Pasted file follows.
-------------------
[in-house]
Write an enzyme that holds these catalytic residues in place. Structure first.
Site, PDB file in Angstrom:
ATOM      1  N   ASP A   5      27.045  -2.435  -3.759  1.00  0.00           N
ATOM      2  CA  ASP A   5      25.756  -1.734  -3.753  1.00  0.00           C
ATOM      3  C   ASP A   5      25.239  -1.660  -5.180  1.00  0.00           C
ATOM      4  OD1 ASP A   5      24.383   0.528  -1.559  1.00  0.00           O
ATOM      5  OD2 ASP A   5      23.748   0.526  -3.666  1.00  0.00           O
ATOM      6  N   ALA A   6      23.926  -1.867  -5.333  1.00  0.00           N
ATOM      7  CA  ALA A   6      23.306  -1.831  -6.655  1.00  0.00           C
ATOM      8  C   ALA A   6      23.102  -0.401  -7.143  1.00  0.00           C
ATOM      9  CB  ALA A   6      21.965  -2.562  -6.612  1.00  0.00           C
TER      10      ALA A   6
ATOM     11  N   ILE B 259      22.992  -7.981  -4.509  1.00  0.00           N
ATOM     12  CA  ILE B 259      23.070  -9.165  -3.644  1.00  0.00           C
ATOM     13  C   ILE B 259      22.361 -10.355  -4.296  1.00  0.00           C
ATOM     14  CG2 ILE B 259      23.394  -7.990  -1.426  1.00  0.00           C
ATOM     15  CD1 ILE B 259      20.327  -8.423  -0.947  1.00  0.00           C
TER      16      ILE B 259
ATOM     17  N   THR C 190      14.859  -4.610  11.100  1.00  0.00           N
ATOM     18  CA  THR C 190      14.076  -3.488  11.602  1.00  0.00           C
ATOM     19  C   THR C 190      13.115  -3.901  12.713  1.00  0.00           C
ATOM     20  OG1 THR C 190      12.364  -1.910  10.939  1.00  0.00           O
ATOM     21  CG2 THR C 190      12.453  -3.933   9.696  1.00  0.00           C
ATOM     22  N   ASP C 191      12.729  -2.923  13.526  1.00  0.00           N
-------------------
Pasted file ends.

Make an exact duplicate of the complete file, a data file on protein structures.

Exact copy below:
[in-house]
Write an enzyme that holds these catalytic residues in place. Structure first.
Site, PDB file in Angstrom:
ATOM      1  N   ASP A   5      27.045  -2.435  -3.759  1.00  0.00           N
ATOM      2  CA  ASP A   5      25.756  -1.734  -3.753  1.00  0.00           C
ATOM      3  C   ASP A   5      25.239  -1.660  -5.180  1.00  0.00           C
ATOM      4  OD1 ASP A   5      24.383   0.528  -1.559  1.00  0.00           O
ATOM      5  OD2 ASP A   5      23.748   0.526  -3.666  1.00  0.00           O
ATOM      6  N   ALA A   6      23.926  -1.867  -5.333  1.00  0.00           N
ATOM      7  CA  ALA A   6      23.306  -1.831  -6.655  1.00  0.00           C
ATOM      8  C   ALA A   6      23.102  -0.401  -7.143  1.00  0.00           C
ATOM      9  CB  ALA A   6      21.965  -2.562  -6.612  1.00  0.00           C
TER      10      ALA A   6
ATOM     11  N   ILE B 259      22.992  -7.981  -4.509  1.00  0.00           N
ATOM     12  CA  ILE B 259      23.070  -9.165  -3.644  1.00  0.00           C
ATOM     13  C   ILE B 259      22.361 -10.355  -4.296  1.00  0.00           C
ATOM     14  CG2 ILE B 259      23.394  -7.990  -1.426  1.00  0.00           C
ATOM     15  CD1 ILE B 259      20.327  -8.423  -0.947  1.00  0.00           C
TER      16      ILE B 259
ATOM     17  N   THR C 190      14.859  -4.610  11.100  1.00  0.00           N
ATOM     18  CA  THR C 190      14.076  -3.488  11.602  1.00  0.00           C
ATOM     19  C   THR C 190      13.115  -3.901  12.713  1.00  0.00           C
ATOM     20  OG1 THR C 190      12.364  -1.910  10.939  1.00  0.00           O
ATOM     21  CG2 THR C 190      12.453  -3.933   9.696  1.00  0.00           C
ATOM     22  N   ASP C 191      12.729  -2.923  13.526  1.00  0.00           N